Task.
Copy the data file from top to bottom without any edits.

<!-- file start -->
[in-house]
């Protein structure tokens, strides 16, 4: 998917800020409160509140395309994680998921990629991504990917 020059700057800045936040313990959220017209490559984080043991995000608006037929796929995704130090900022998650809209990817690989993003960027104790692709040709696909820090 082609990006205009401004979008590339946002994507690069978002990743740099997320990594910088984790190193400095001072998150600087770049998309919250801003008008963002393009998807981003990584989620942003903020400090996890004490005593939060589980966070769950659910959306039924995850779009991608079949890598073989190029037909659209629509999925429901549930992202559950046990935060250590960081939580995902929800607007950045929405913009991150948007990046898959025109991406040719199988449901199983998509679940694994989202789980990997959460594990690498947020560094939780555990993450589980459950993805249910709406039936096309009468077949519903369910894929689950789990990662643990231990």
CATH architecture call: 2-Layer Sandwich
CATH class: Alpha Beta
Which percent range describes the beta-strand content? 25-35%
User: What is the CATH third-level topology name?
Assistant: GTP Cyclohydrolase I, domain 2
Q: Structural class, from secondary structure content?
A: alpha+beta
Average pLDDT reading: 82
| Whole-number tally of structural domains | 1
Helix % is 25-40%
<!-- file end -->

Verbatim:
[in-house]
């Protein structure tokens, strides 16, 4: 998917800020409160509140395309994680998921990629991504990917 020059700057800045936040313990959220017209490559984080043991995000608006037929796929995704130090900022998650809209990817690989993003960027104790692709040709696909820090 082609990006205009401004979008590339946002994507690069978002990743740099997320990594910088984790190193400095001072998150600087770049998309919250801003008008963002393009998807981003990584989620942003903020400090996890004490005593939060589980966070769950659910959306039924995850779009991608079949890598073989190029037909659209629509999925429901549930992202559950046990935060250590960081939580995902929800607007950045929405913009991150948007990046898959025109991406040719199988449901199983998509679940694994989202789980990997959460594990690498947020560094939780555990993450589980459950993805249910709406039936096309009468077949519903369910894929689950789990990662643990231990």
CATH architecture call: 2-Layer Sandwich
CATH class: Alpha Beta
Which percent range describes the beta-strand content? 25-35%
User: What is the CATH third-level topology name?
Assistant: GTP Cyclohydrolase I, domain 2
Q: Structural class, from secondary structure content?
A: alpha+beta
Average pLDDT reading: 82
| Whole-number tally of structural domains | 1
Helix % is 25-40%